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Susan Wolf: “Moral Saints”. “…our values cannot be fully comprehended on the model of a hierarchical system with morality at the top” p. 232. What is a moral saint?. Wolf’s definition: Someone “whose every action is as morally good as possible.”

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Susan wolf moral saints

Susan Wolf: “Moral Saints”

“…our values cannot be fully comprehended on the model of a hierarchical system with morality at the top” p. 232

What is a moral saint
What is a moral saint?

  • Wolf’s definition: Someone “whose every action is as morally good as possible.”

  • “…moral perfection, in the sense of moral saintliness, does not constitute a model fo personal well-being toward which it would be particularly rational or good or desirable for a human being to strive.” (p. 221)

2 kinds of moral saints
2 Kinds of Moral Saints

  • (1) The Loving Saint: Concern for others plays the role that is played in most of our lives by more selfish…less morally worthy concerns. (A utilitarian saint.) His/her happiness lies in others’ happiness.

  • (2) The Rational Saint: “Pays little or no attention to his own happiness in light of the overriding importance he gives to the wider concerns of morality.” (A Kantian saint.) p. 222

What the moral saint is like
What the moral saint is like

  • May be “more or less jovial, more or less garrulous, more or less athletic…but must have and cultivate those qualities which are apt to allow him to treat others as justly and kindly as possible…He will be patient, considerate, even-tempered, hospitable, charitable in thought as well as deed…” p. 222

  • Does this sound like a desirable way to be?

So what s the problem
So what’s the problem?

  • “…the moral virtues are…all present in the same individual, and to an extreme degree” and so “are apt to crowd out the non-moral virtues, as well as many of the interests and personal characteristics that we generally think contribute to a healthy well-rounded, richly developed character…” (p. 222)

Why devotion to moral values crowds out non moral values
Why devotion to moral values crowds out non-moral values

  • Time pressures: “…if the moral saint is devoting all his time to feeding the hungry or healing the sick or raising money for Oxfam, then necessarily he is not reading Victorian novels, playing the Oboe, or improving his backhand…”

  • Conflicts with morality: …a moral saint can’t cultivate a cynical or sarcastic wit, or a sense of humor that appreciates this kind of wit or attitude of resignation or pessimism…” Can’t enjoy Marx Bros. or G.B. Shaw

Ms misses out on non moral goods
MS misses out on non-moral goods

  • There are goods that are frivolous or use resources that morality might demand, e.g., gourmet cooking.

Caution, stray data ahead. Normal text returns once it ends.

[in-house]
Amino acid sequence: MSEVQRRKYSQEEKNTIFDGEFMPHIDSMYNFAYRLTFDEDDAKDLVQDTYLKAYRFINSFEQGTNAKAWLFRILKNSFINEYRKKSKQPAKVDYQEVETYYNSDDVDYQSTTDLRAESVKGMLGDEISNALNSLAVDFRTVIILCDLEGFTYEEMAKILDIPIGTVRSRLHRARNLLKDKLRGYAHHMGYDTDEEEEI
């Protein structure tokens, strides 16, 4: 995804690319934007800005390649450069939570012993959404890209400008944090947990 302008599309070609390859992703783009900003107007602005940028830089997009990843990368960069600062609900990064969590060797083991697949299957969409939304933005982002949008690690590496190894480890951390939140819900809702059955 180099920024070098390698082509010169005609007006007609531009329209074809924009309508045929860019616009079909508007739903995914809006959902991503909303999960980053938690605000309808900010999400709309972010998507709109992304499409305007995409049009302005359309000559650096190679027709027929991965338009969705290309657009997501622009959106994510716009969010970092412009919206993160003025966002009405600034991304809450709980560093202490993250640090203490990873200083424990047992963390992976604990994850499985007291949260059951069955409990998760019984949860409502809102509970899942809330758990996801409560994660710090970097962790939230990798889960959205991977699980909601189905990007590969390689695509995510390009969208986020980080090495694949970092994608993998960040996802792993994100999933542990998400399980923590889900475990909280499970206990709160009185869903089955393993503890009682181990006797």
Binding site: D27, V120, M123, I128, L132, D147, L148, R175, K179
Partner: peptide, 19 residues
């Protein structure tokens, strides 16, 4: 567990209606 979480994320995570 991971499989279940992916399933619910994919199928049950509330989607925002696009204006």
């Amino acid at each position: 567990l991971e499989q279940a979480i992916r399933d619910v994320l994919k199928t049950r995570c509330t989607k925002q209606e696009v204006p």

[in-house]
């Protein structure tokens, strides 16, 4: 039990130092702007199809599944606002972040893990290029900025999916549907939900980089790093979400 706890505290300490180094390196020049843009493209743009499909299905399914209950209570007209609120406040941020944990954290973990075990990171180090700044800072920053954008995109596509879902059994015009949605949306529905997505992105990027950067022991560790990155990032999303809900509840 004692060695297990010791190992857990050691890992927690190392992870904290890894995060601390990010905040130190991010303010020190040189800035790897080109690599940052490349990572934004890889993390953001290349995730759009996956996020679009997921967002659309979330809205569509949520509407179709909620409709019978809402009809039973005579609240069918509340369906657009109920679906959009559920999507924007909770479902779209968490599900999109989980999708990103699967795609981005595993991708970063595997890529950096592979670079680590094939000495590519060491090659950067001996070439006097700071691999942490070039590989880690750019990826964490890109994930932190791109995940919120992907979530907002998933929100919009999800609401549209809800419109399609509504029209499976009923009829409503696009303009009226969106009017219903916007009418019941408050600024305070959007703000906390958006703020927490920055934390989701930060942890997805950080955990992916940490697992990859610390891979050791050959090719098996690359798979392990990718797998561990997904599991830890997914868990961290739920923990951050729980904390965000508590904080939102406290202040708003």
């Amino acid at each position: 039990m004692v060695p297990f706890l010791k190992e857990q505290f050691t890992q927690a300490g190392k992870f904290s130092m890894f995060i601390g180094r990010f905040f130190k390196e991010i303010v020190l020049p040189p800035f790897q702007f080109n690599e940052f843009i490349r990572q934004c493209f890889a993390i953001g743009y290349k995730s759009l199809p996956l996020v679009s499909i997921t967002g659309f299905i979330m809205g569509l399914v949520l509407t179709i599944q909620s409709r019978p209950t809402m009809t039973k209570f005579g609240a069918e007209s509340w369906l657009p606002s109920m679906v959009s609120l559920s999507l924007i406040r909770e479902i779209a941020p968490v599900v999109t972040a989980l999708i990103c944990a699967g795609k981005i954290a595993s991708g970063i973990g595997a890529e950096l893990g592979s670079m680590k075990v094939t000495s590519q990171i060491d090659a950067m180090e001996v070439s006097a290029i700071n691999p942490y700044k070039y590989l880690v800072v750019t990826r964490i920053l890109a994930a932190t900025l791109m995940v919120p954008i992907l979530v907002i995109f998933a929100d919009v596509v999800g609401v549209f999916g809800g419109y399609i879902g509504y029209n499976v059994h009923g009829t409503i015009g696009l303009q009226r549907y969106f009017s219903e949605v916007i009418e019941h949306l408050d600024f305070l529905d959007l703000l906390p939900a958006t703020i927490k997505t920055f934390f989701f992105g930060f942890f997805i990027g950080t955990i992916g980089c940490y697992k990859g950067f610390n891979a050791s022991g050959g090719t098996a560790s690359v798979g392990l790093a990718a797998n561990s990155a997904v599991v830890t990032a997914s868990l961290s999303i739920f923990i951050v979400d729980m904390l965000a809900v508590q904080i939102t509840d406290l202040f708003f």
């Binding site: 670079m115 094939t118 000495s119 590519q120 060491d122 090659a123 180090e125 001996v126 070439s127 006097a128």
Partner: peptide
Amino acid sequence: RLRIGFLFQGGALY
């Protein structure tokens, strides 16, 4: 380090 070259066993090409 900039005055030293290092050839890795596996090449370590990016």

• A moral saint will have to be very, very nice and therefore dull-witted, humorless and bland.

Supremacy of morality
Supremacy of morality

  • If moral values are supreme, then why would there be a reason to pursue something more than we pursue moral values?

  • Why would we “strive for Katherine Hepburn’s grace, Paul Newman’s ‘cool’…” (p. 223)

  • Less upright characters are often preferable…Father Brown to St. Francis.

Wolf s objection applied to utilitarianism
Wolf’s Objection Applied to Utilitarianism

  • Utilitarianism doesn’t want a world of moral saints but the utilitarian would ‘privately’ have a commitment to moral sainthood.

  • The amount of suffering one could alleviate by helping the ‘sick, the downtrodden, the starving, the homeless’ would dwarf whatever overall happiness is promoted by developing the interesting non-moral characteristics.

  • But W. says you’d have to hide your moral saintliness & value for non-moral is ‘one thought too many.’

Wolf s objection applied to kantian theory
Wolf’s Objection Applied to Kantian Theory

  • Kantian: Moral worth requires acting on the motive of duty and treating persons always as ends and never as means only.

  • Therefore, it is less demanding when it comes to every action.

  • However, duties ‘are unlimited in the degree to which they may dominate a life.’


  • “…it is misleading to insist that one is permitted to live a life in which the goals, relationships, activities and interests that one pursues are not maximally morally good…” “…a person may be perfectly wonderful without being perfectly moral…’

  • Moral philosophers must “examine explicitly the range and nature of…non-moral values, and…ask how the acceptance of a moral theory is to be understood and acted upon…” p. 232

Moral point of view v personal excellence
Moral point of view v. Personal excellence

  • The point of view of individual perfection=the piont of view from which we consider what kinds of lives are good lives, and what kinds of persons it would be good for ourselves and others to be.

  • Gives us reasons independent of moral reasons to take up certain valuable activities, etc.